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[libomptarget][devicertl][nfc] Simplify target_atomic abstraction
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Authored by JonChesterfield on Jan 20 2021, 10:01 AM.

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[libomptarget][devicertl][nfc] Simplify target_atomic abstraction

Atomic functions were implemented as a shim around cuda's atomics, with
amdgcn implementing those symbols as a shim around gcc style intrinsics.

This patch folds target_atomic.h into target_impl.h and folds amdgcn.

Further work is likely to be useful here, either changing to openmp's atomic
interface or instantiating the templates on the few used types in order to
move them into a cuda/c++ implementation file. This change is mostly to
group the remaining uses of the cuda api under nvptx' target_impl abstraction.

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JonChesterfield requested review of this revision.Jan 20 2021, 10:01 AM
Herald added a project: Restricted Project. · View Herald TranscriptJan 20 2021, 10:01 AM
jdoerfert accepted this revision.Jan 20 2021, 11:48 AM

LG, can you replace it with clang or OpenMP atomics next?

This revision is now accepted and ready to land.Jan 20 2021, 11:48 AM
This revision was landed with ongoing or failed builds.Jan 20 2021, 11:51 AM
This revision was automatically updated to reflect the committed changes.

LG, can you replace it with clang or OpenMP atomics next?

Yep, expect so. OpenMP probably expects the variables to have atomic types, C++-style, and they're presently a mix of unadorned and volatile.

I'll see if I can swap them out for clang intrinsics in the first instance. Moving to atomic types will allow device scoped atomics. If we're feeling brave, could also move to a faster memory order than seq_cst.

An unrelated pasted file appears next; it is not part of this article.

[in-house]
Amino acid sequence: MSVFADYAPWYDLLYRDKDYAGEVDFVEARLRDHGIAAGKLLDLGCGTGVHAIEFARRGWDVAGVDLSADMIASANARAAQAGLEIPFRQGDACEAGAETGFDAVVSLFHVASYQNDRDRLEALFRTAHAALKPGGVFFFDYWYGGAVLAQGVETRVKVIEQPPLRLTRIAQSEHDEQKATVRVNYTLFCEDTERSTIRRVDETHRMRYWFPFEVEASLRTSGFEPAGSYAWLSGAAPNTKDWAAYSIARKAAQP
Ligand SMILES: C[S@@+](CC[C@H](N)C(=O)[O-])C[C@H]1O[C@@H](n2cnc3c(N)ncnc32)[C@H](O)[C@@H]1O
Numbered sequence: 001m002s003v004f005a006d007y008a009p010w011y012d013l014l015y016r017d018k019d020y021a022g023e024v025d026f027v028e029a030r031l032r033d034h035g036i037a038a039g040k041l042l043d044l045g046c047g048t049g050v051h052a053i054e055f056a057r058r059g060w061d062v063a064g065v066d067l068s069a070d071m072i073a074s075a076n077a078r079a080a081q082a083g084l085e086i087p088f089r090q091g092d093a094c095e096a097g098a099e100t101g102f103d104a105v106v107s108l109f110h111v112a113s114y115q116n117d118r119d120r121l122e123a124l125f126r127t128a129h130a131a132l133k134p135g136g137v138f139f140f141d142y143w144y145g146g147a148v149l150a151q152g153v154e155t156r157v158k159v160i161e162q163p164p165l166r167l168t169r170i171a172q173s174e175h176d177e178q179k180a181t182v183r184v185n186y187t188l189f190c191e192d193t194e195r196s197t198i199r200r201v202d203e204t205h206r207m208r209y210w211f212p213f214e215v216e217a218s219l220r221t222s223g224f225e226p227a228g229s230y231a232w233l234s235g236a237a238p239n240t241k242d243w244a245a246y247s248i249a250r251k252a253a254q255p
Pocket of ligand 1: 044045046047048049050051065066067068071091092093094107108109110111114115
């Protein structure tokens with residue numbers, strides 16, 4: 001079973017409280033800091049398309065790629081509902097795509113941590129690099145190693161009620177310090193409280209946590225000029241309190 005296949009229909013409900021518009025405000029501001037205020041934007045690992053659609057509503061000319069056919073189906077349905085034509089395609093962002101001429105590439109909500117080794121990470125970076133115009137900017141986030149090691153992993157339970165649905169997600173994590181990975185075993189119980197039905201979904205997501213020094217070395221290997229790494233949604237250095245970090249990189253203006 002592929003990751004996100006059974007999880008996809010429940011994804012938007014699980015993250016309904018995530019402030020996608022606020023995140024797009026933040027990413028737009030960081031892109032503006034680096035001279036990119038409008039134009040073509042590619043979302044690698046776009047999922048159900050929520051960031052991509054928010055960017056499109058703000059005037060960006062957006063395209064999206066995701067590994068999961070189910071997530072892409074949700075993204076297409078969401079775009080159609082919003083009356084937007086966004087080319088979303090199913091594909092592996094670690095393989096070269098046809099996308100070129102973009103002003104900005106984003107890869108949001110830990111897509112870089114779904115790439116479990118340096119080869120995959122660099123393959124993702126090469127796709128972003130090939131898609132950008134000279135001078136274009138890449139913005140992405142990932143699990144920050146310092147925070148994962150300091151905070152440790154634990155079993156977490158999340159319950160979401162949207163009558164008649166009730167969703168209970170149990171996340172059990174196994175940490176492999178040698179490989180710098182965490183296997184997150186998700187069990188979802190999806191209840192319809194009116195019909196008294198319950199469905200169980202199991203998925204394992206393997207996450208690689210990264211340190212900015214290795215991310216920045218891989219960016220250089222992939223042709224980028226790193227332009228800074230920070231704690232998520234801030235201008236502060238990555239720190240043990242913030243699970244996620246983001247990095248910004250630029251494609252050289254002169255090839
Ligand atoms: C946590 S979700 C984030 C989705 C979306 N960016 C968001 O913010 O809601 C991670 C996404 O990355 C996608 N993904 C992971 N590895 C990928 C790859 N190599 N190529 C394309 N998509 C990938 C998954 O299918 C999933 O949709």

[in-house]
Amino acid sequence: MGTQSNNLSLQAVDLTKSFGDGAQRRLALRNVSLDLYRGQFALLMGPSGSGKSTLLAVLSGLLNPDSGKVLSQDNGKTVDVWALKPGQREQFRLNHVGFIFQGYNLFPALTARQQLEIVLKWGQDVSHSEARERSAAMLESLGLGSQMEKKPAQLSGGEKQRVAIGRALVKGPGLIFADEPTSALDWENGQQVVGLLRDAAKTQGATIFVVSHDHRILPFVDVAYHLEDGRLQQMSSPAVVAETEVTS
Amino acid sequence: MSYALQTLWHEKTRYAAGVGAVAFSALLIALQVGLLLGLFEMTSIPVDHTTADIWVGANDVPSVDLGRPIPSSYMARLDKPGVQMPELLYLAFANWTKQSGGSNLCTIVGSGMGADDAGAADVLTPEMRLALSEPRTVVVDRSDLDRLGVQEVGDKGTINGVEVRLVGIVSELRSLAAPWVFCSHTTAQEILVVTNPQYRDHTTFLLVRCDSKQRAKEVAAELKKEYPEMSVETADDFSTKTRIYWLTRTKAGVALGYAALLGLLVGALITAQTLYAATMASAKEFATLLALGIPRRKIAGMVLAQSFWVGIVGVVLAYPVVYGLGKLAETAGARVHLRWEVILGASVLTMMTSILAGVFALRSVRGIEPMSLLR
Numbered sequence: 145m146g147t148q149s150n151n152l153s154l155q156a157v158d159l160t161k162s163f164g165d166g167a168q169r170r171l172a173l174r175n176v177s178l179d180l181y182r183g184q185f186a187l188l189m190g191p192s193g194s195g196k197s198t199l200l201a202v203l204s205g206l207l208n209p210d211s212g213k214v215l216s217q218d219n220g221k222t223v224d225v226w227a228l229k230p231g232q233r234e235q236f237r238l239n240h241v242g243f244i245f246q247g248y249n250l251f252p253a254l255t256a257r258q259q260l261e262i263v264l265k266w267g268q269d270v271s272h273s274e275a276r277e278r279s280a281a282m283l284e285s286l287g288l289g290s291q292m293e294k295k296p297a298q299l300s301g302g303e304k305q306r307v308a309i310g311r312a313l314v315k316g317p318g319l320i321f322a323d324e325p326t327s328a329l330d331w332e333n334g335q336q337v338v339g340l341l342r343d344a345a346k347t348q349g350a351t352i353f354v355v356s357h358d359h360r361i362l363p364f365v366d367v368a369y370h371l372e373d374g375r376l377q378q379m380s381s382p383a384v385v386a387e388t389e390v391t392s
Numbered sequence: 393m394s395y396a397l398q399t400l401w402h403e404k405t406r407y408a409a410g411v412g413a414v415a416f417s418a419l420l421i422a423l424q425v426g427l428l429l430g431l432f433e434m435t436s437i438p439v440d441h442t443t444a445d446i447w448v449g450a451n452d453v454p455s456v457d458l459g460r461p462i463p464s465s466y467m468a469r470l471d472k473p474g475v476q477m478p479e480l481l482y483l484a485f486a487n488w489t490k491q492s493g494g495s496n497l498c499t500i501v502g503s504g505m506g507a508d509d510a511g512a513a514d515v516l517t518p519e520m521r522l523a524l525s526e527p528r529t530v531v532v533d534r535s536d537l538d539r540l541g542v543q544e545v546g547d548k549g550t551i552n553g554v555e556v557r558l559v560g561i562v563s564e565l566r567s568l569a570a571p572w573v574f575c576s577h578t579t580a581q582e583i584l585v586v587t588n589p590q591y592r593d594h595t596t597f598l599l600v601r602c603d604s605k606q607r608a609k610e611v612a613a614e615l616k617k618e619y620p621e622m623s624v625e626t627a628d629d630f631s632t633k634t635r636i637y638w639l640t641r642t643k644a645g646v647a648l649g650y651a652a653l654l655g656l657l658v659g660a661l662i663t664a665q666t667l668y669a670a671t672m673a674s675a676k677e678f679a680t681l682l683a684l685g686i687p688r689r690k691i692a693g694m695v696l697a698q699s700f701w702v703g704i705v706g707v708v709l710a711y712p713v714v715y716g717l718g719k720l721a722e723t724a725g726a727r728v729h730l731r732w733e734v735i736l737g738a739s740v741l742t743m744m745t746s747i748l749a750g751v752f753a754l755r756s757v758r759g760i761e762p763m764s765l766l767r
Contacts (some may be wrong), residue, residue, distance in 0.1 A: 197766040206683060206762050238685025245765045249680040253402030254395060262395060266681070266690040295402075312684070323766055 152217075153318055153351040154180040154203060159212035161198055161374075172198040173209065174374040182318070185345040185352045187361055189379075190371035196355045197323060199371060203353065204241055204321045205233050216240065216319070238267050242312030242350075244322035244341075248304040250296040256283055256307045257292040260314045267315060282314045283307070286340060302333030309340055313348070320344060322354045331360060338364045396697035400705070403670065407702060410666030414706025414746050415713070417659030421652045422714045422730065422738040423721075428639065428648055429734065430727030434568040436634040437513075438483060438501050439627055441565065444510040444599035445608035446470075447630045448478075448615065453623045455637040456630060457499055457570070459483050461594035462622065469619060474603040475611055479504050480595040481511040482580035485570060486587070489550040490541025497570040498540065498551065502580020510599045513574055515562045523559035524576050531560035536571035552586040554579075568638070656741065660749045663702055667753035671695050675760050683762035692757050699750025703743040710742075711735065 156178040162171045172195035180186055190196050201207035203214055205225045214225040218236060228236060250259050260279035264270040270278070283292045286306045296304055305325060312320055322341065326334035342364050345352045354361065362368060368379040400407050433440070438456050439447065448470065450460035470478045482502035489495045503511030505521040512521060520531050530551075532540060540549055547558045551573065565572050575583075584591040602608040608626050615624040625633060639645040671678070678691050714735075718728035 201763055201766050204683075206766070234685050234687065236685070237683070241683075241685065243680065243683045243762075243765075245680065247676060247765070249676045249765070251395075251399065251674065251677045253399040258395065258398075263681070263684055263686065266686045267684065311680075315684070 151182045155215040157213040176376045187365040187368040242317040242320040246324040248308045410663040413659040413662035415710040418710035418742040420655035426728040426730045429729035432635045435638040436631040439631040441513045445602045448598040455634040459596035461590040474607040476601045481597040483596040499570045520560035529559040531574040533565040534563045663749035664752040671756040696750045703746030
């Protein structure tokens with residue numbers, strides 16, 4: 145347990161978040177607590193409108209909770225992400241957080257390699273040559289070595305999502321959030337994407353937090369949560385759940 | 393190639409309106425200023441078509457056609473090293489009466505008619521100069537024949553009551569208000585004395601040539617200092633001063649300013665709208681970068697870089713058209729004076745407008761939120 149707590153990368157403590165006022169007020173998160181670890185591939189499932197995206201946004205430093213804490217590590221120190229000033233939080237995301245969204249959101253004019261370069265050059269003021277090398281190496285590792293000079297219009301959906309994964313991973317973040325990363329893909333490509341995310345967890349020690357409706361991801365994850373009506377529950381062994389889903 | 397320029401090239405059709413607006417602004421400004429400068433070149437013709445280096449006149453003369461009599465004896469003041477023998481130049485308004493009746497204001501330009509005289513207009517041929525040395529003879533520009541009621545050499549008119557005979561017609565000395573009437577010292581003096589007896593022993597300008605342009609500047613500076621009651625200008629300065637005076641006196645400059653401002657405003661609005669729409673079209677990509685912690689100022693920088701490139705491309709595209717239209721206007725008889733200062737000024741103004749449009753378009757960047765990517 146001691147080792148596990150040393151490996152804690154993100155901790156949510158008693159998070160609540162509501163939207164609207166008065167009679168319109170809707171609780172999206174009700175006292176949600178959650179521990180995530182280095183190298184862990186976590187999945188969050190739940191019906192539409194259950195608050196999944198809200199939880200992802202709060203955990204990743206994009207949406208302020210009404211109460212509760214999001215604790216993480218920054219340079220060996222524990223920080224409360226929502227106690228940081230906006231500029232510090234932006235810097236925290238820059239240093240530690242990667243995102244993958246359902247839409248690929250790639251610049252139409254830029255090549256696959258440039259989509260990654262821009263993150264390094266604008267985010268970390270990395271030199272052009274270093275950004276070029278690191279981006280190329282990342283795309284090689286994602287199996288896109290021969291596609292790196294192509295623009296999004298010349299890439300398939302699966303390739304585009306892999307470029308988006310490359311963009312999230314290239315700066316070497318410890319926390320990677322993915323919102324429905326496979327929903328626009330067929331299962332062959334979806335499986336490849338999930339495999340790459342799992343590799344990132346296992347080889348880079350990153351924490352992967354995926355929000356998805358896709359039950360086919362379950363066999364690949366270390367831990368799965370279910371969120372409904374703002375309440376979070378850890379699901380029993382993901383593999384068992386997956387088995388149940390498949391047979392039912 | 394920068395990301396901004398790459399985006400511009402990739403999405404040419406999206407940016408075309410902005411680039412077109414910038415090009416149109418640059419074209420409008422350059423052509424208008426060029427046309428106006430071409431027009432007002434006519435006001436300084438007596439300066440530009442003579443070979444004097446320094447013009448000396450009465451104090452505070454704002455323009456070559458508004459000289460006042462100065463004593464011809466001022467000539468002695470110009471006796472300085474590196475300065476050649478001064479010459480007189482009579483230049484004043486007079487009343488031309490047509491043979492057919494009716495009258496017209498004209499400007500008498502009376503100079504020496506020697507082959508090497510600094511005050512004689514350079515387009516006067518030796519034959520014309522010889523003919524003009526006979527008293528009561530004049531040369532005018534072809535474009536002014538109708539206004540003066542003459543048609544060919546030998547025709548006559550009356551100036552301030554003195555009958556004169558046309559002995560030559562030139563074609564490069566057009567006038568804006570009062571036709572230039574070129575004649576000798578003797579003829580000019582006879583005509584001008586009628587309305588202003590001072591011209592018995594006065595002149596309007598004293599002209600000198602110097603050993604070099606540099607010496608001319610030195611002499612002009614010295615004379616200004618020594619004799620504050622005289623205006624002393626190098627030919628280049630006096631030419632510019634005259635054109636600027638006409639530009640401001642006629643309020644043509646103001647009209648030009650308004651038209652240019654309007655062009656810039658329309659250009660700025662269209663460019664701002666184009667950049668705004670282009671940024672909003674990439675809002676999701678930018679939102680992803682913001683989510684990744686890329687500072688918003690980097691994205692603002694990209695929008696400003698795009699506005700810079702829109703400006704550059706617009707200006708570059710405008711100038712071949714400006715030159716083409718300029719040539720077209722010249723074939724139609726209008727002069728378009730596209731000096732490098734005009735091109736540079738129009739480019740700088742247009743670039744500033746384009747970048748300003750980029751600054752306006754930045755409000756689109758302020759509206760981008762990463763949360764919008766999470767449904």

LG, can you replace it with clang or OpenMP atomics next?

Yep, expect so. OpenMP probably expects the variables to have atomic types, C++-style, and they're presently a mix of unadorned and volatile.

No, OpenMP does not. In fact, I am unsure if it would work if they were.

I'll see if I can swap them out for clang intrinsics in the first instance. Moving to atomic types will allow device scoped atomics. If we're feeling brave, could also move to a faster memory order than seq_cst.

None of the three atomic operations provided by OpenMP, read, write, and update, sound like similar semantics as the four operations here.

None of the three atomic operations provided by OpenMP, read, write, and update, sound like similar semantics as the four operations here.

Please finish reading the section about atomics (https://www.openmp.org/spec-html/5.1/openmpsu105.html#x138-1480002.19.7). All of the above operations are expressible, as far as I can tell.
add and inc are atomic update, exchange is atomic capture, max and cas are atomic compare, all with appropriate expression statement following them.

None of the three atomic operations provided by OpenMP, read, write, and update, sound like similar semantics as the four operations here.

Please finish reading the section about atomics (https://www.openmp.org/spec-html/5.1/openmpsu105.html#x138-1480002.19.7). All of the above operations are expressible, as far as I can tell.
add and inc are atomic update, exchange is atomic capture, max and cas are atomic compare, all with appropriate expression statement following them.

AFAIK, atomic compare is a feature of 5.1, we have just read, write, update and capture.

None of the three atomic operations provided by OpenMP, read, write, and update, sound like similar semantics as the four operations here.

Please finish reading the section about atomics (https://www.openmp.org/spec-html/5.1/openmpsu105.html#x138-1480002.19.7). All of the above operations are expressible, as far as I can tell.
add and inc are atomic update, exchange is atomic capture, max and cas are atomic compare, all with appropriate expression statement following them.

All these operations should be capture because they're composite. For example, atomicAdd should be something like:

int atomicAdd(int *Addr, int Val) {
    int Old;
#pragma omp atomic capture
    { Old = *Addr; *Addr += Val; }
    return Old;
}